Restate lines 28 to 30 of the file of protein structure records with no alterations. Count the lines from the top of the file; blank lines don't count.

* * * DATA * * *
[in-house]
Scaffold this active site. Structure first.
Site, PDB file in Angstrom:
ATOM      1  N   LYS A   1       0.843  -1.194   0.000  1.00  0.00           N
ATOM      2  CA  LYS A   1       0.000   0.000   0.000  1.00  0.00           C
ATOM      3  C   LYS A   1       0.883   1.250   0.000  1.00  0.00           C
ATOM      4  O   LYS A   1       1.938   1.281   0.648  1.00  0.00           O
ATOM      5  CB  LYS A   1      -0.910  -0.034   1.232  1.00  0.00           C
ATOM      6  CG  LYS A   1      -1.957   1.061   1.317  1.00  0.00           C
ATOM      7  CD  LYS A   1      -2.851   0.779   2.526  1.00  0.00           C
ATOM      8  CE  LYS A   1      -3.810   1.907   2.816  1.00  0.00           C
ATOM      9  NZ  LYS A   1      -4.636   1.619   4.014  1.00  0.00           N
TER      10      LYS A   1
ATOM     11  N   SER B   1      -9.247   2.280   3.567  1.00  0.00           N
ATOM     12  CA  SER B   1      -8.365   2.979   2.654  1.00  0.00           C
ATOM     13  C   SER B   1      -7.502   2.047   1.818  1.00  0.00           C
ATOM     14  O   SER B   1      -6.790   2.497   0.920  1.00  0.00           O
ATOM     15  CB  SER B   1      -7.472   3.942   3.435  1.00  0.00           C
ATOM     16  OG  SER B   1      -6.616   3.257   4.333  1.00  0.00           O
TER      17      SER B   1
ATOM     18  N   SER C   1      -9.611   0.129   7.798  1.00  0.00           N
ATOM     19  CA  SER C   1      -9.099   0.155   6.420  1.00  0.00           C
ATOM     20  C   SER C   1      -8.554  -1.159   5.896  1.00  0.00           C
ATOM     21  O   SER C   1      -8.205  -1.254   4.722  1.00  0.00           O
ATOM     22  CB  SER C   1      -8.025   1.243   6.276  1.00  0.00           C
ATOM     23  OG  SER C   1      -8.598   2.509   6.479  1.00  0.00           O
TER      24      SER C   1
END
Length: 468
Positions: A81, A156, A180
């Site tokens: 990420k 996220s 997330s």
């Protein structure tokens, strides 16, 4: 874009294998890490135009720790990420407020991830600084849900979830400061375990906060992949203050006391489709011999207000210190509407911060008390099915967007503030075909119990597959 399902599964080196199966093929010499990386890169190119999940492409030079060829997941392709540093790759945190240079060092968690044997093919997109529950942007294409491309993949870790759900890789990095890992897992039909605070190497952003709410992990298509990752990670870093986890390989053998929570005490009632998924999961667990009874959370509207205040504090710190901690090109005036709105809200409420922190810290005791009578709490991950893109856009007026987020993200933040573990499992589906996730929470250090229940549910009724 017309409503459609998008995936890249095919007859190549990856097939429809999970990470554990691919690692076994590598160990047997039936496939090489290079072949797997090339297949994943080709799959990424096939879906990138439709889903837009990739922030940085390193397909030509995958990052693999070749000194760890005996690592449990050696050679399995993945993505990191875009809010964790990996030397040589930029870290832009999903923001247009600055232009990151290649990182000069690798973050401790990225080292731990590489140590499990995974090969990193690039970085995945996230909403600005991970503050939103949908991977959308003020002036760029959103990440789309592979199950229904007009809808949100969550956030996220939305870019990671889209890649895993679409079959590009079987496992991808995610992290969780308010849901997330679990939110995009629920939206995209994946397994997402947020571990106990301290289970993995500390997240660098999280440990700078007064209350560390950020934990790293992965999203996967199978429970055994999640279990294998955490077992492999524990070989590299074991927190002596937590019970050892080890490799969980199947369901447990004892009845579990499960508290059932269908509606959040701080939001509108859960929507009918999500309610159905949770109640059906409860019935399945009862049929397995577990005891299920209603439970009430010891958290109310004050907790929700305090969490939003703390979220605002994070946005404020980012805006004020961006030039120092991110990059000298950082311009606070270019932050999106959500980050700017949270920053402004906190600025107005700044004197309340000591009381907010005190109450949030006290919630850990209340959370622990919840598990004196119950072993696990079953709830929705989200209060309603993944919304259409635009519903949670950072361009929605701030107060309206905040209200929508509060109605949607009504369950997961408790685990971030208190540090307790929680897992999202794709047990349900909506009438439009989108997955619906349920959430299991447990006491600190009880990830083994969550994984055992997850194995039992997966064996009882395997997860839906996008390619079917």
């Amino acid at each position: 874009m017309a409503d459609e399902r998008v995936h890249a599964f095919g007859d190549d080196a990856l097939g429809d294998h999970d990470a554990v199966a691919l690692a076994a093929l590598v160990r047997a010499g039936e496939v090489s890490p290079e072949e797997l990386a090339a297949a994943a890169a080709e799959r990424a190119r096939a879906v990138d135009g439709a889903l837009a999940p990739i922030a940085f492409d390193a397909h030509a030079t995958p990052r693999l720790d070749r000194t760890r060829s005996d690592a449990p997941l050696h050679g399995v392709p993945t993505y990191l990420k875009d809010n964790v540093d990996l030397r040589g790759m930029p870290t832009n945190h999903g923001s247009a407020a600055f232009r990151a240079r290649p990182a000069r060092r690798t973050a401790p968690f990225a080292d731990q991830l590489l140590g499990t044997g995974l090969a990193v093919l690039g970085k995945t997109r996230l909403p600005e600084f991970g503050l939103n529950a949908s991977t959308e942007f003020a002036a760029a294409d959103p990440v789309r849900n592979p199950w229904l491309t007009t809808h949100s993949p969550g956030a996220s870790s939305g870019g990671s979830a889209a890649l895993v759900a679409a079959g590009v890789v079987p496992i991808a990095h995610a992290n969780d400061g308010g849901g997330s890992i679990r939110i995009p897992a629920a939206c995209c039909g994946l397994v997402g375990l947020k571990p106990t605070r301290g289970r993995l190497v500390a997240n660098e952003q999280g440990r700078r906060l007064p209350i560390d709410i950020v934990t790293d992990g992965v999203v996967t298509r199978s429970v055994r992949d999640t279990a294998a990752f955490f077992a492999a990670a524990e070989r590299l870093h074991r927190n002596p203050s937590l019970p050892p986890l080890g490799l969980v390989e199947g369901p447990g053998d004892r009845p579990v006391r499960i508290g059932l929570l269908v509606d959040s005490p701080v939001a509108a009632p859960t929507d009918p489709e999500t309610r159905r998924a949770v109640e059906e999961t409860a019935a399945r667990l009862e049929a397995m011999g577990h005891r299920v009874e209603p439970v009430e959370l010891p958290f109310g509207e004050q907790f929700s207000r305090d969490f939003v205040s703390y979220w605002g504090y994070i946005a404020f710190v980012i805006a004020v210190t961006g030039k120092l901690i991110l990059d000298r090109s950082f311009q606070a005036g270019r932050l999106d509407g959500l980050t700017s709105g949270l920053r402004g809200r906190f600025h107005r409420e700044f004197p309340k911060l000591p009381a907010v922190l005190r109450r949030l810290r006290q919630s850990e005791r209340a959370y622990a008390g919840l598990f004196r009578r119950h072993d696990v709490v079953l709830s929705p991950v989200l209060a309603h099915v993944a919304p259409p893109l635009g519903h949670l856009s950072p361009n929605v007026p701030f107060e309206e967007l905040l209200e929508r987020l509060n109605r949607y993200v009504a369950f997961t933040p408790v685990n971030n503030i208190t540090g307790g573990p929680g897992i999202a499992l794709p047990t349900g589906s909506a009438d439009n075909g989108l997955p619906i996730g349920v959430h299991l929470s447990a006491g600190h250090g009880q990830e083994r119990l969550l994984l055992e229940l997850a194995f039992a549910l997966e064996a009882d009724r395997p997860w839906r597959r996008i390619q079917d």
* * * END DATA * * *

END
Length: 468
Positions: A81, A156, A180